Atomic News

How Scent Chemicals in Flowers Perfume the Summer Air

It’s summer time, and that means picnics in the park, backyard barbecues, sunny beach trips, and warm evenings. Summer also is a time when nature perfumes the air with breezes that drift through flowers, spreading enchanting aromas of everything from sweet tropical citrus, to milky vanilla-cherry, to woodsy clove-honey.

Summer scents are the result of chemical cocktails with loads of special properties. And these properties have the power to delight our senses, affect our emotions, and leave a lasting imprint on our memories.

What’s that amazing smell?

The alluring chemical cocktails we smell in the air are a mixture of volatile organic compounds (VOCs) and low-molecular-weight lipophilic (oil- and fat-soluble) liquids. VOCs include alcohols, aldehydes, ketones, esters, and other miscellaneous hydrocarbons. More than 1,700 VOCs have been identified from 90 different plant families.

For an individual flower, the cocktail can comprise over 100 different compounds. For example, the intoxicating flowers of the Lonicera japonica, a species of honeysuckle, have over 150 volatile compounds.

For all flowers, certain compounds tend to dominate. Of the 150 VOCs in honeysuckle, for example, the most recognized are linalool, (Z)-jasmone, (Z)-jasmin lactone, methyl jasmonate, and methyl epi-jasmonate (Ikedia). As shown in the table below, it is the unique combinations of VOCs — especially those that are dominant — that give rise to the distinctive fragrances of individual plants and species.

Dominant Fragrance Compounds in Honeysuckle

Linalool
(floral, slightly spicy)

Linalool

(Z)-jasmone
(spicy, fruity, floral in dilution)

(Z)-jasmone

Methyl jasmonate
(floral)

Methyl Jasmonate

How we smell floral aromas

Our ability to enjoy scents relies on our own personal chemoreception sensors: our noses. The nose contains olfactory receptors that can bind to the odorant molecules entering the nose. Binding changes the overall shape of the molecule, setting off a series of reactions that informs your brain as to what you are smelling. Over 390 olfactory receptors have been identified, which can detect thousands of different odorant chemicals, many at concentrations as low as 1 part per 30 billion.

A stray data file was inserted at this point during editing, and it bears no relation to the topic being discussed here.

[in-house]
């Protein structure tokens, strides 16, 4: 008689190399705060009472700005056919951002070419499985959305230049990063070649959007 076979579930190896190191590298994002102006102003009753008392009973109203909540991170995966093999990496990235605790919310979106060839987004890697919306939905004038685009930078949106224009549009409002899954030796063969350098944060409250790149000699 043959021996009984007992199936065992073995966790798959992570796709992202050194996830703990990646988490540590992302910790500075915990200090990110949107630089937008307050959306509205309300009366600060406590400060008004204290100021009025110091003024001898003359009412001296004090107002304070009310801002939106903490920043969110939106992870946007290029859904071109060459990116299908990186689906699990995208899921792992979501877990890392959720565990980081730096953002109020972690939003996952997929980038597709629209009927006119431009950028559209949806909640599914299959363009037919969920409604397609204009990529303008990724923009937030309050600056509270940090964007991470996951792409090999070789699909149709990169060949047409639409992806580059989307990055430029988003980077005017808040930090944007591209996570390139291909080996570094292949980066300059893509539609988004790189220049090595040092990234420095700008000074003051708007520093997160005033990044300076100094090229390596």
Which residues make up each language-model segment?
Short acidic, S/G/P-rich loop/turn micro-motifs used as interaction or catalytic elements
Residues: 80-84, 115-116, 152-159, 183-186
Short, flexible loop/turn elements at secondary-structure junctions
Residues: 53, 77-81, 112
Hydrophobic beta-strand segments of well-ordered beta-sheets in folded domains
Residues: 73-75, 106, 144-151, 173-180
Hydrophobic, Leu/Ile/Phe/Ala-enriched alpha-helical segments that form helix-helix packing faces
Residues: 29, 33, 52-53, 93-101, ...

Different receptors may be specific or generic to odorant binding. The specific set of receptors you have is determined genetically, making smell very personal. You may smell something easily that your friend cannot — based simply on which receptors you each have. One such example is the receptor for asparagusic acid, which is found in asparagus. Some individuals cannot smell the compound at all, while others can detect the scent in their urine.

The combination of an individual’s genetic ability to detect an aroma or odor and the complexity of the chemical cocktail produced by flowers makes communicating a fragrance or “smell” difficult. While we might be able to describe a color in just a couple of words, describing a smell may require a variety of adjectives. One may describe a scent using words like floral, woody, fruity, green, musky, spicy, or citrusy. In addition, smells may be associated with feelings, emotions, and memories. This complexity presents challenges for the perfumery industry, because describing scents requires a standardized language and a “calibrated nose.”